Psychology of Addictive Behaviors Volume: 11 Issue: 4 Dated: special issue (December 1997) Pages: 294-307
On the basis of findings by Hubbard et al. (1997) that clients reduced their drug taking and related problem behaviors in the year after treatment, this study used data from the Drug Abuse Treatment Outcome Study (DATOS) to re-evaluate the relationship of length of treatment with follow-up outcomes using a quasi-experimental approach, along with analytical procedures designed for use with multisite data.
Three major drug abuse treatment modalities were examined: long-term residential programs (LTR), outpatient drug-free programs (ODF), and outpatient methadone treatment (OMT) programs. A total of 10,010 clients were originally admitted to 96 programs in 11 cities that participated in the DATOS project during 1991 to 1993. This study involved 2,774 admissions to 21 LTR programs, 2,574 admissions to 32 ODF programs, and 1,540 admissions to 29 OMT programs. Clients reported significant overall improvements in drug use and related measures during a 12-month follow-up period. A quasi-experimental design was used to examine the relationship of treatment duration with outcomes in each of the three major modalities represented. Client subsamples with longer retention in long-term residential programs and in outpatient methadone treatment had significantly better outcomes than those with shorter lengths of stay (results were inconclusive for outpatient drug-free programs because of sample limitations). This study used several methodological enhancements and showed general continuity of findings on retention effects from previous national evaluations of treatment effectiveness. It supports the need for more careful study of treatment process in relation to outcomes. 4 tables and 42 references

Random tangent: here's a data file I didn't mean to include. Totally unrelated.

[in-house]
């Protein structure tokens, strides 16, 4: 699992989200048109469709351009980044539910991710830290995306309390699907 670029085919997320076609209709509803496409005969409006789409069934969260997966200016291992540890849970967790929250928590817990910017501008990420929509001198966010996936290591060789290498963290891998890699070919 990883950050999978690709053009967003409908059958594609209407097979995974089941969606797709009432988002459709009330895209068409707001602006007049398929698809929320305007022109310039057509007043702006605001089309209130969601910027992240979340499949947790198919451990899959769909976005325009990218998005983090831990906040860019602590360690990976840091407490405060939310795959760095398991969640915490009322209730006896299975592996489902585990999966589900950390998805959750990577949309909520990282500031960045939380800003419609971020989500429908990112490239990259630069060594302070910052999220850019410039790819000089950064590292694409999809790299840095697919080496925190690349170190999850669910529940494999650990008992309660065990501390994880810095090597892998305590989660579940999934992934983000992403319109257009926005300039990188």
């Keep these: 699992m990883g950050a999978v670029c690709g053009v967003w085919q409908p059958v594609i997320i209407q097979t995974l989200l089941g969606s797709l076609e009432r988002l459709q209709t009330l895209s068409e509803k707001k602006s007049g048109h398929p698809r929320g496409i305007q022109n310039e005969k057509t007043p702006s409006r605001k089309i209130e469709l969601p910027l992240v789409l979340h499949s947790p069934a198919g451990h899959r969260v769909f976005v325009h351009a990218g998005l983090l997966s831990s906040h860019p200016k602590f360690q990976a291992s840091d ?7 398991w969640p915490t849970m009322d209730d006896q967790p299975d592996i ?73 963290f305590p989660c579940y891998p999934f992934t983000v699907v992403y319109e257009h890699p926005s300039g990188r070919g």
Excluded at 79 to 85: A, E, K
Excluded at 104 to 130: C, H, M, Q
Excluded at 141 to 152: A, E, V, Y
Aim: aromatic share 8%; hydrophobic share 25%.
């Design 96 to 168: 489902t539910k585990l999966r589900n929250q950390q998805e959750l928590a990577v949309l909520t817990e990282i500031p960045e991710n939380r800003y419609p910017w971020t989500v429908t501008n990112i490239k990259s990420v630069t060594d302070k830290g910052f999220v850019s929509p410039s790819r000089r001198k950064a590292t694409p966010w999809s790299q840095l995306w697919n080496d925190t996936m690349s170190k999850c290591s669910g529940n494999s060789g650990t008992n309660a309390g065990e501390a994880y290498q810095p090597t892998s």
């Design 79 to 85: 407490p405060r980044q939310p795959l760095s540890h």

National Institute on Drug Abuse
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